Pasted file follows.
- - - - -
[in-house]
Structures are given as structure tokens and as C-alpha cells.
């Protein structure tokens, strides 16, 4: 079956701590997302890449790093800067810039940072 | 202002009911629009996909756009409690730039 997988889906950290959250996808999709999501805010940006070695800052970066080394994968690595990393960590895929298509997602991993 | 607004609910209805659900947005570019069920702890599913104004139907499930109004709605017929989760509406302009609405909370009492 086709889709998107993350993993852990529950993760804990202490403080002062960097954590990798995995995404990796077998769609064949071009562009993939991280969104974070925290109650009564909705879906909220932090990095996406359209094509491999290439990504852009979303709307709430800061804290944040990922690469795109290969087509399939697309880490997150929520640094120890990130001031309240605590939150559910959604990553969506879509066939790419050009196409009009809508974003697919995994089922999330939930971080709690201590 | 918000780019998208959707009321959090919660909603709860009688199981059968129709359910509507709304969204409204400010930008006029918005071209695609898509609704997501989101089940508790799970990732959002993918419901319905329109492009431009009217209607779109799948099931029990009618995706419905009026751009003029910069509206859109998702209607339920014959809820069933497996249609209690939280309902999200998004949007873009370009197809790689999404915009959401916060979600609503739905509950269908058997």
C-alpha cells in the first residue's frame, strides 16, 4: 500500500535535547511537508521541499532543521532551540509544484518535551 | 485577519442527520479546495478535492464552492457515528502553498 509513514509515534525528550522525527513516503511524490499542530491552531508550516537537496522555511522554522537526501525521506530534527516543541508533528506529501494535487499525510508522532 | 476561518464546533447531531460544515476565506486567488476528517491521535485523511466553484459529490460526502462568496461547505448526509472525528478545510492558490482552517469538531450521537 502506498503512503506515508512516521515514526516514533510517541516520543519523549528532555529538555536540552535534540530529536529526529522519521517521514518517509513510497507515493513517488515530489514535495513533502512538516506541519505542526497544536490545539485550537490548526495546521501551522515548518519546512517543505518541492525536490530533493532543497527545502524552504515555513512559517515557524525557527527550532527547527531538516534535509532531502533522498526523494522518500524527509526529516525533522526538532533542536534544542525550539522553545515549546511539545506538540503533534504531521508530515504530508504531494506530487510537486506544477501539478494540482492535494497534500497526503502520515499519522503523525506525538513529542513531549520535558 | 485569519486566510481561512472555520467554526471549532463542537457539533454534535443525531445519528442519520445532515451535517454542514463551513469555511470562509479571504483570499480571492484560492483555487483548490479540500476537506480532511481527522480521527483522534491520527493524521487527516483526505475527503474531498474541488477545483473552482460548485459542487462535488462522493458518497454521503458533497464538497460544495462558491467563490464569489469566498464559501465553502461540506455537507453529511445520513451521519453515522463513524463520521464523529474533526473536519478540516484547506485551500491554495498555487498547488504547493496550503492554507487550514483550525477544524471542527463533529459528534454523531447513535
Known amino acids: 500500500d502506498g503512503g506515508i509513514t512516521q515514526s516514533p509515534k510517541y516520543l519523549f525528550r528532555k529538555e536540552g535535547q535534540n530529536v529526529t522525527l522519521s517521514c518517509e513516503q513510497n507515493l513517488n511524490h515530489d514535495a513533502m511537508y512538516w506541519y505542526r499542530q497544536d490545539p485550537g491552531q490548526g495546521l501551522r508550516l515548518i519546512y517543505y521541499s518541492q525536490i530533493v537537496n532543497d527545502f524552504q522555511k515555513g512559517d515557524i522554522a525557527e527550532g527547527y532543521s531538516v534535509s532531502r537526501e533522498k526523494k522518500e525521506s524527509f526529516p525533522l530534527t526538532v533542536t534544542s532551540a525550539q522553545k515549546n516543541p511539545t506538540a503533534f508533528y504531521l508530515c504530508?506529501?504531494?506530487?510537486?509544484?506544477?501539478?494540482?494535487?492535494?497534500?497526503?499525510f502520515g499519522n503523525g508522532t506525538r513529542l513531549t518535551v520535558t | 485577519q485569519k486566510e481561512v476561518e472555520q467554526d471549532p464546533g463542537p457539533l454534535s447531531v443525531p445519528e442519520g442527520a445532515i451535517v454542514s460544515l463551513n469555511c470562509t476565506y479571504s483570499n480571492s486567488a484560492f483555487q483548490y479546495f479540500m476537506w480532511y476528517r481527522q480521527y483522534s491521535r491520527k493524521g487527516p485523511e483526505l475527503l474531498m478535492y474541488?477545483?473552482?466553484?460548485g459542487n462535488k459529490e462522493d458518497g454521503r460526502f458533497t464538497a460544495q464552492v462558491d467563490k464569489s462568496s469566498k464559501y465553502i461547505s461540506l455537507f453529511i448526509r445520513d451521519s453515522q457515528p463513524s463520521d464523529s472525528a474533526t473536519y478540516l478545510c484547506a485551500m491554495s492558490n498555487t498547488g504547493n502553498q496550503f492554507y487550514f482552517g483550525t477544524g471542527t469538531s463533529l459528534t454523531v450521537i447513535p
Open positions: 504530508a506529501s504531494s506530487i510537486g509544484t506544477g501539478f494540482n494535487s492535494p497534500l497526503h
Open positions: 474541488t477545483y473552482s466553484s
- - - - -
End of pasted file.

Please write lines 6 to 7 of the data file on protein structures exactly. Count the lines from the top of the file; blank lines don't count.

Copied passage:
Open positions: 504530508a506529501s504531494s506530487i510537486g509544484t506544477g501539478f494540482n494535487s492535494p497534500l497526503h
Open positions: 474541488t477545483y473552482s466553484s